Athletes travel far and wide to compete in the Tour and many enter the competition with hopes of becoming freeskiing’s next big name. The entire event takes place with TV cameras rolling and long lenses snapping. The 2018 competition covered five stops in Japan, Switzerland, Austria, Andorra and Canada. The travel and training schedule push the physical, mental and financial boundaries of competing athletes, many of whom are in their early 20s and trying to balance education with ski careers. Despite these challenges, nothing pushes the competitors more than the terrain does. The piste is where athletes can go from zero to hero and, unlike other forms of competition, they can do it on their own terms.

At the heart of the Freeride World Tour, drawing in these young, hopeful athletes, is an all-natural, poetic skiing style that doesn’t rely on man-made features like gates, halfpipes, timing equipment and kickers. Competitors taking part in the tour come from many different mountain backgrounds and they are groomed through a series of local development programs, junior competitions and major qualifying events, all of which emphasize the “free” in freeskiing. There is no correct technique, only a set of judging criteria that places value on difficulty of line, air, style, fluidity and control. Points are awarded for “attacking” the terrain and deducted for loss of control, such as sideslipping or botched landings. Skiers are encouraged to bring their own style to events, not to follow a predetermined standard.

It was late on this sunny fourth day, after half the men’s field had already skied, that Logan Pehota, Canada’s top freeskier (and son of “extreme-skiing” legend Eric Pehota, best known for his more than 40 first decents on skis), found his way into the starting gate.

Pehota, hailing from Pemberton, B.C., near Whistler, was the home-country favourite in the men’s ski event and he was hungry for points after waiting days for his run. As we watched from our vantage point on Redemption Ridge, Pehota wasted no time leaving the starting gate. He built speed quickly by laying down a single, wide-arcing turn before launching himself off a cornice into a massive 360 air. Sticking the landing, he racked up valuable points in the process, before venturing into a rocky, steep, technical section of Ozone, impressing the judges and spectators with his balance of control, speed, sound technique and line choice. It was at the bottom of this speedy technical section, however, that Pehota’s run truly came alive.

In a bold but calculated move, he maintained the speed he had gathered in the top section and launched himself from atop Ozone’s biggest cliff, keeping his movements smooth and stylish in the air. His landing was perfectly controlled and just laissez-faire enough to be cool without being lazy. Many skiers competing in the event chose to avoid the cliff entirely, picking easier lines with more predictable outcomes. Pehota’s risk paid off, however, as he landed the biggest cliff jump of the day and arguably the biggest air of the whole 2018 Freeride World Tour. It was a sublime run that netted him a near-perfect score of 98 out of 100 points, enough for the Canadian kid to win the Kicking Horse leg of the competition, beating competitors from around the world.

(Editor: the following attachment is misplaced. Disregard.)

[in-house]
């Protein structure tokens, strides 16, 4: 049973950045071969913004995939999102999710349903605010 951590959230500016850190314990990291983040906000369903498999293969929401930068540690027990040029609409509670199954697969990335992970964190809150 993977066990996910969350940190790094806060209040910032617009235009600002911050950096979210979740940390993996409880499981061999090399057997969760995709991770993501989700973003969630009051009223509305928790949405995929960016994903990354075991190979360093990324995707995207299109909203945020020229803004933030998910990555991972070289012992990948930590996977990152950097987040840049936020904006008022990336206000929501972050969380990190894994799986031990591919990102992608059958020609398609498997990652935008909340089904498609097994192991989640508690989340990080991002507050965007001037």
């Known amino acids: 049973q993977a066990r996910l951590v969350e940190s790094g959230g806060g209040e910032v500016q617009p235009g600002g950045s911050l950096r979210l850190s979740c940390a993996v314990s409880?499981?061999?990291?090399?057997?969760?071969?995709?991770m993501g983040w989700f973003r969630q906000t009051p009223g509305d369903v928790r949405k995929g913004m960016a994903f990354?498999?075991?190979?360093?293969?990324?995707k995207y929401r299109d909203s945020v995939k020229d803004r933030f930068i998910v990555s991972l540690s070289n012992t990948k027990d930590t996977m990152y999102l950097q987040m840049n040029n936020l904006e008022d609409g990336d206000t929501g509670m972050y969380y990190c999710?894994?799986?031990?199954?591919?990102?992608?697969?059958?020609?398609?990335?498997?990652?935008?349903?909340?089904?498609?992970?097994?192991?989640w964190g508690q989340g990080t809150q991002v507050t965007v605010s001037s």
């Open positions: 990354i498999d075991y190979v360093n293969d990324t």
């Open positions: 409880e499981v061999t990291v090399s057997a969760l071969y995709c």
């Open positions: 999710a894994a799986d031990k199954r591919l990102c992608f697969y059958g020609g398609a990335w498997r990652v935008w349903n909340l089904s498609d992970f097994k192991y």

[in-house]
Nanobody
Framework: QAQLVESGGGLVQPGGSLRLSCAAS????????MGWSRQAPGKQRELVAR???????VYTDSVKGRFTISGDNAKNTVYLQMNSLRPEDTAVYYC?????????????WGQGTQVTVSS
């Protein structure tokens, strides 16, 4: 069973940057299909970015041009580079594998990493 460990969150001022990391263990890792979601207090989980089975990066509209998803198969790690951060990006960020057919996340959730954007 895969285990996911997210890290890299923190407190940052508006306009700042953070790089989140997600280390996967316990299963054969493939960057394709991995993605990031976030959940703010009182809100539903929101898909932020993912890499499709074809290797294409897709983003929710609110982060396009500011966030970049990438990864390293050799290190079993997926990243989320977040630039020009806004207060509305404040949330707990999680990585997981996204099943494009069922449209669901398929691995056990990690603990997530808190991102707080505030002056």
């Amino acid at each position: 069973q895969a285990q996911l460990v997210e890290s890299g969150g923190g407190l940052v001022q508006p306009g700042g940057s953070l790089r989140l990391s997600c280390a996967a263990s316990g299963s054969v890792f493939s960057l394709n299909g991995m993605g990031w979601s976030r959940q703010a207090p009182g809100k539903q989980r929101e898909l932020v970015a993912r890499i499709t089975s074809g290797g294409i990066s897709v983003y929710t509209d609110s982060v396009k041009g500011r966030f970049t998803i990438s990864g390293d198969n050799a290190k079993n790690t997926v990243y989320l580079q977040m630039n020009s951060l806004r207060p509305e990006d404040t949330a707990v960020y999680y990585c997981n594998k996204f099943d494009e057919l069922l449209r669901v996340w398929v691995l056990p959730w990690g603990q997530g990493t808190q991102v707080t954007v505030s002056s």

Kicking Horse

As the field of skiers thinned and the event drew to a close, we relinquished our perch on Redemption Ridge, descended Kicking Horse one final time by following the cat track down and letting gravity do all the work as our tired legs begged for a hot tub and a drink. There were victories to celebrate, defeats to ponder and, most important, stories to tell.

The 2019 Freeride World Tour will return to Golden on February 2-8. Some skiers have moved on from the competition; others will be coming back for more. There will be a crop of newly qualified rookies joining the tour for the first time, hoping to make their mark on the competition and ultimately on the sport of skiing itself. The unpredictability of weather will no doubt be a factor in the upcoming season, just as it was in 2018, especially in a ski town known for snowfall. The variables may change, but the wild, soulful spirit of Kicking Horse and the Freeride World Tour will remain constant, waiting for new challengers.

Follow the competition at freerideworldtour.com.

Ski Canada Staff